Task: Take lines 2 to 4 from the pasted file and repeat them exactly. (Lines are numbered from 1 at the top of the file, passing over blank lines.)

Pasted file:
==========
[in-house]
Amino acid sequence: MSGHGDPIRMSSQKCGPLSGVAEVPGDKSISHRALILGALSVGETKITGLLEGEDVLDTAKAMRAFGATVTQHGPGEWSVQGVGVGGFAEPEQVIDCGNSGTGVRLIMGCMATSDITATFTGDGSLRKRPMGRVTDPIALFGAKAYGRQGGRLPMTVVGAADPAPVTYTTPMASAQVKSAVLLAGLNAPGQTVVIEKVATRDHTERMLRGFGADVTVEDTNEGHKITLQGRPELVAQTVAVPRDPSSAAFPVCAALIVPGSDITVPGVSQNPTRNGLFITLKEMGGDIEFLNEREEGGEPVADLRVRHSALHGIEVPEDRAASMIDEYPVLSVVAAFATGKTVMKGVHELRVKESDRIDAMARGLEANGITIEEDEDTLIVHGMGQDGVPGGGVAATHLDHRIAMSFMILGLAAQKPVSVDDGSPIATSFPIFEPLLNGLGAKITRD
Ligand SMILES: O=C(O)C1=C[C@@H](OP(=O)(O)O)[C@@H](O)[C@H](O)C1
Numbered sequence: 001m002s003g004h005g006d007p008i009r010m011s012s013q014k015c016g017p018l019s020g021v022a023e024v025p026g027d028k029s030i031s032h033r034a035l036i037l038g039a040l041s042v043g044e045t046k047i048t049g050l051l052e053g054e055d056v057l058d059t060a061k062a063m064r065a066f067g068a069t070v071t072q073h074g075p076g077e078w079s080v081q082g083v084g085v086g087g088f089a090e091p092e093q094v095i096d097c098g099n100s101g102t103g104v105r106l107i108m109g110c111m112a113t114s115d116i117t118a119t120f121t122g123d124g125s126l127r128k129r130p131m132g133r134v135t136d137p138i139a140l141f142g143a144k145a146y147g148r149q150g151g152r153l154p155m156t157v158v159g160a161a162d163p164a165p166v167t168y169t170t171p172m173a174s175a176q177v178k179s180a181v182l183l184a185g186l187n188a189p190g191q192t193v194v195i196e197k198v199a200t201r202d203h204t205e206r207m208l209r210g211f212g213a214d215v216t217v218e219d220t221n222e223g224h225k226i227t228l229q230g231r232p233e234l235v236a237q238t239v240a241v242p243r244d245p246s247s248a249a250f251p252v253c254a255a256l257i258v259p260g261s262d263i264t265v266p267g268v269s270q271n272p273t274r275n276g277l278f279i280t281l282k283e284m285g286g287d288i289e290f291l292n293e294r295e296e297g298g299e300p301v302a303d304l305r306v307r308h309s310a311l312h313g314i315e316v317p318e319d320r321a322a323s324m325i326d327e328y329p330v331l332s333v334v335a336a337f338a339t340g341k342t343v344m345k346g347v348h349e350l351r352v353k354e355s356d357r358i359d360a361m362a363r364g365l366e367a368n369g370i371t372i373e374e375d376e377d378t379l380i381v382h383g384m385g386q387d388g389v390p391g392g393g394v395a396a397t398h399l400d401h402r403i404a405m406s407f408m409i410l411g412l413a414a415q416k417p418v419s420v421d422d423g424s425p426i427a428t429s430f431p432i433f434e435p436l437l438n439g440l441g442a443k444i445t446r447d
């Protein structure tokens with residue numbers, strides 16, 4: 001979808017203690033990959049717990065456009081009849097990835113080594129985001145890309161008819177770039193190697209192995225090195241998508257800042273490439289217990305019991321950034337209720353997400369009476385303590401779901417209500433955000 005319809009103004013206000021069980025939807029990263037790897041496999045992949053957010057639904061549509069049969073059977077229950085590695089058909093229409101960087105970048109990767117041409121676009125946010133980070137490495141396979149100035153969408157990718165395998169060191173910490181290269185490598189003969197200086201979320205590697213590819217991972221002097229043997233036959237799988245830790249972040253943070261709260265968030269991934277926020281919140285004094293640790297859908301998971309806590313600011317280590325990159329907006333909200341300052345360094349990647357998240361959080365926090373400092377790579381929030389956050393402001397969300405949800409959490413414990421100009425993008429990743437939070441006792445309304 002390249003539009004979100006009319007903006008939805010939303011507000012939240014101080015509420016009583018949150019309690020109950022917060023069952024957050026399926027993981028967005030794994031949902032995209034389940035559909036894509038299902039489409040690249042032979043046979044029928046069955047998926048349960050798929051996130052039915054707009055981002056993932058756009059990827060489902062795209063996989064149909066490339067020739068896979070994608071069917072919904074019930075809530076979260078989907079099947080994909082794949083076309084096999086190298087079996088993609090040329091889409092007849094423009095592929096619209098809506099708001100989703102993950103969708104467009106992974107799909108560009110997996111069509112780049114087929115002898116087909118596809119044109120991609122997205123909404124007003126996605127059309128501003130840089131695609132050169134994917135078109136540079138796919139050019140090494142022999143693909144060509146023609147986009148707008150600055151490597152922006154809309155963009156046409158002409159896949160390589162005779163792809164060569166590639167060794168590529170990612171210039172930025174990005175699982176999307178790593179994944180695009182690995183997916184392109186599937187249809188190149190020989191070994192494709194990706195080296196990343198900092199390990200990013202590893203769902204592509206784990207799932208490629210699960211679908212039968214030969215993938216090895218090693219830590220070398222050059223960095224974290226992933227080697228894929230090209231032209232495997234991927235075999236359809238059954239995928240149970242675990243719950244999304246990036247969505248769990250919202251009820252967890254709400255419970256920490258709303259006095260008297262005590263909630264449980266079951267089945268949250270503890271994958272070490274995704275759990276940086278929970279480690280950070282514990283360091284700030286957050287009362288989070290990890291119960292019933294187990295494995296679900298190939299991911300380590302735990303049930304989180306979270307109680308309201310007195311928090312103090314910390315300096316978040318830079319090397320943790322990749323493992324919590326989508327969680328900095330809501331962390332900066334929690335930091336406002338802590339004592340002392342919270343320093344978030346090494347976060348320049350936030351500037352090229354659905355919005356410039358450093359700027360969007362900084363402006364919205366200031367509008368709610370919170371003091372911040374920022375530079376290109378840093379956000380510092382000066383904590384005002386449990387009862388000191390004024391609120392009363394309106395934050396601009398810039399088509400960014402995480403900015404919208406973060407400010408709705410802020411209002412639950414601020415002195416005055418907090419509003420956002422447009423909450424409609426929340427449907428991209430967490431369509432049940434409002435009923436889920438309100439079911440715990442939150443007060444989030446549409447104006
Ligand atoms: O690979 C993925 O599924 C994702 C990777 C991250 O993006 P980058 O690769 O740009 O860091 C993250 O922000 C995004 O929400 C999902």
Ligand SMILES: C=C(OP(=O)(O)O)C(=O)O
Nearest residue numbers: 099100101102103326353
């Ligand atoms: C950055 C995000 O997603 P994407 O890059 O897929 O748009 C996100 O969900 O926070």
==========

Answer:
Amino acid sequence: MSGHGDPIRMSSQKCGPLSGVAEVPGDKSISHRALILGALSVGETKITGLLEGEDVLDTAKAMRAFGATVTQHGPGEWSVQGVGVGGFAEPEQVIDCGNSGTGVRLIMGCMATSDITATFTGDGSLRKRPMGRVTDPIALFGAKAYGRQGGRLPMTVVGAADPAPVTYTTPMASAQVKSAVLLAGLNAPGQTVVIEKVATRDHTERMLRGFGADVTVEDTNEGHKITLQGRPELVAQTVAVPRDPSSAAFPVCAALIVPGSDITVPGVSQNPTRNGLFITLKEMGGDIEFLNEREEGGEPVADLRVRHSALHGIEVPEDRAASMIDEYPVLSVVAAFATGKTVMKGVHELRVKESDRIDAMARGLEANGITIEEDEDTLIVHGMGQDGVPGGGVAATHLDHRIAMSFMILGLAAQKPVSVDDGSPIATSFPIFEPLLNGLGAKITRD
Ligand SMILES: O=C(O)C1=C[C@@H](OP(=O)(O)O)[C@@H](O)[C@H](O)C1
Numbered sequence: 001m002s003g004h005g006d007p008i009r010m011s012s013q014k015c016g017p018l019s020g021v022a023e024v025p026g027d028k029s030i031s032h033r034a035l036i037l038g039a040l041s042v043g044e045t046k047i048t049g050l051l052e053g054e055d056v057l058d059t060a061k062a063m064r065a066f067g068a069t070v071t072q073h074g075p076g077e078w079s080v081q082g083v084g085v086g087g088f089a090e091p092e093q094v095i096d097c098g099n100s101g102t103g104v105r106l107i108m109g110c111m112a113t114s115d116i117t118a119t120f121t122g123d124g125s126l127r128k129r130p131m132g133r134v135t136d137p138i139a140l141f142g143a144k145a146y147g148r149q150g151g152r153l154p155m156t157v158v159g160a161a162d163p164a165p166v167t168y169t170t171p172m173a174s175a176q177v178k179s180a181v182l183l184a185g186l187n188a189p190g191q192t193v194v195i196e197k198v199a200t201r202d203h204t205e206r207m208l209r210g211f212g213a214d215v216t217v218e219d220t221n222e223g224h225k226i227t228l229q230g231r232p233e234l235v236a237q238t239v240a241v242p243r244d245p246s247s248a249a250f251p252v253c254a255a256l257i258v259p260g261s262d263i264t265v266p267g268v269s270q271n272p273t274r275n276g277l278f279i280t281l282k283e284m285g286g287d288i289e290f291l292n293e294r295e296e297g298g299e300p301v302a303d304l305r306v307r308h309s310a311l312h313g314i315e316v317p318e319d320r321a322a323s324m325i326d327e328y329p330v331l332s333v334v335a336a337f338a339t340g341k342t343v344m345k346g347v348h349e350l351r352v353k354e355s356d357r358i359d360a361m362a363r364g365l366e367a368n369g370i371t372i373e374e375d376e377d378t379l380i381v382h383g384m385g386q387d388g389v390p391g392g393g394v395a396a397t398h399l400d401h402r403i404a405m406s407f408m409i410l411g412l413a414a415q416k417p418v419s420v421d422d423g424s425p426i427a428t429s430f431p432i433f434e435p436l437l438n439g440l441g442a443k444i445t446r447d